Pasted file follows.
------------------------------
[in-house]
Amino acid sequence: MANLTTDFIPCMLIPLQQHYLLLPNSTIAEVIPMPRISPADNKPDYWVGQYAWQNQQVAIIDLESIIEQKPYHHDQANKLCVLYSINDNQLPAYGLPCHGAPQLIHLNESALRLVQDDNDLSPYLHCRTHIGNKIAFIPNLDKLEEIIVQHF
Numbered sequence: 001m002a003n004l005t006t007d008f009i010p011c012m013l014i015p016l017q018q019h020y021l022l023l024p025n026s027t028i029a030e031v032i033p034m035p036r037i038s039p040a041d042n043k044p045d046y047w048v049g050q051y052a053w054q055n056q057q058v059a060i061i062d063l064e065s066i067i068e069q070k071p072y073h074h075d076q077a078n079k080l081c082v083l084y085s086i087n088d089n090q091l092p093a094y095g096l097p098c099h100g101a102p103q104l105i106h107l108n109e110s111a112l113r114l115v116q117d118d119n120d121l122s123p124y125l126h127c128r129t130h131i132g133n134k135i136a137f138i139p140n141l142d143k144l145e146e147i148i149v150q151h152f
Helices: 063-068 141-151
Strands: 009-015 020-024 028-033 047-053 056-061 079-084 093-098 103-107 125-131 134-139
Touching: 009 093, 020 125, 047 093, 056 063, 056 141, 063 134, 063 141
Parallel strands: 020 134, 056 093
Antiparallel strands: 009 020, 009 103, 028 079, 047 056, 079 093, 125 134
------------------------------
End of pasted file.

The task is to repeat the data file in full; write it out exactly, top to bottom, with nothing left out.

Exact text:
[in-house]
Amino acid sequence: MANLTTDFIPCMLIPLQQHYLLLPNSTIAEVIPMPRISPADNKPDYWVGQYAWQNQQVAIIDLESIIEQKPYHHDQANKLCVLYSINDNQLPAYGLPCHGAPQLIHLNESALRLVQDDNDLSPYLHCRTHIGNKIAFIPNLDKLEEIIVQHF
Numbered sequence: 001m002a003n004l005t006t007d008f009i010p011c012m013l014i015p016l017q018q019h020y021l022l023l024p025n026s027t028i029a030e031v032i033p034m035p036r037i038s039p040a041d042n043k044p045d046y047w048v049g050q051y052a053w054q055n056q057q058v059a060i061i062d063l064e065s066i067i068e069q070k071p072y073h074h075d076q077a078n079k080l081c082v083l084y085s086i087n088d089n090q091l092p093a094y095g096l097p098c099h100g101a102p103q104l105i106h107l108n109e110s111a112l113r114l115v116q117d118d119n120d121l122s123p124y125l126h127c128r129t130h131i132g133n134k135i136a137f138i139p140n141l142d143k144l145e146e147i148i149v150q151h152f
Helices: 063-068 141-151
Strands: 009-015 020-024 028-033 047-053 056-061 079-084 093-098 103-107 125-131 134-139
Touching: 009 093, 020 125, 047 093, 056 063, 056 141, 063 134, 063 141
Parallel strands: 020 134, 056 093
Antiparallel strands: 009 020, 009 103, 028 079, 047 056, 079 093, 125 134